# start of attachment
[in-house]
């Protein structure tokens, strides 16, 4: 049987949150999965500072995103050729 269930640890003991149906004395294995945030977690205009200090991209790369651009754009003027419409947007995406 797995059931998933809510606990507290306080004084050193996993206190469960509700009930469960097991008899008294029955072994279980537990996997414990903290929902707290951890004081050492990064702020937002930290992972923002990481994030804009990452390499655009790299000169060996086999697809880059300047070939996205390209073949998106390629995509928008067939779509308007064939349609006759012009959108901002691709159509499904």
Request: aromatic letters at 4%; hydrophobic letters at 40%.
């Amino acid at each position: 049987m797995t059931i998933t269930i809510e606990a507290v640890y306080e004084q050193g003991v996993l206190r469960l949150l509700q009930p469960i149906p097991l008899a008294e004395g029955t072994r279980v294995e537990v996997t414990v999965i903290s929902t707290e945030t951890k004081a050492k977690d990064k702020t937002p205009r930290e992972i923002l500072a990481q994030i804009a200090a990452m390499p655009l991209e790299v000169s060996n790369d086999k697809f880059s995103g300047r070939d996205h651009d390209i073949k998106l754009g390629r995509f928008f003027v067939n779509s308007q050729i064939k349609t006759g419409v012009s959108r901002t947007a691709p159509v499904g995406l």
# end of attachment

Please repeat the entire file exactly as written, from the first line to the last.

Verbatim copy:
[in-house]
């Protein structure tokens, strides 16, 4: 049987949150999965500072995103050729 269930640890003991149906004395294995945030977690205009200090991209790369651009754009003027419409947007995406 797995059931998933809510606990507290306080004084050193996993206190469960509700009930469960097991008899008294029955072994279980537990996997414990903290929902707290951890004081050492990064702020937002930290992972923002990481994030804009990452390499655009790299000169060996086999697809880059300047070939996205390209073949998106390629995509928008067939779509308007064939349609006759012009959108901002691709159509499904």
Request: aromatic letters at 4%; hydrophobic letters at 40%.
């Amino acid at each position: 049987m797995t059931i998933t269930i809510e606990a507290v640890y306080e004084q050193g003991v996993l206190r469960l949150l509700q009930p469960i149906p097991l008899a008294e004395g029955t072994r279980v294995e537990v996997t414990v999965i903290s929902t707290e945030t951890k004081a050492k977690d990064k702020t937002p205009r930290e992972i923002l500072a990481q994030i804009a200090a990452m390499p655009l991209e790299v000169s060996n790369d086999k697809f880059s995103g300047r070939d996205h651009d390209i073949k998106l754009g390629r995509f928008f003027v067939n779509s308007q050729i064939k349609t006759g419409v012009s959108r901002t947007a691709p159509v499904g995406l």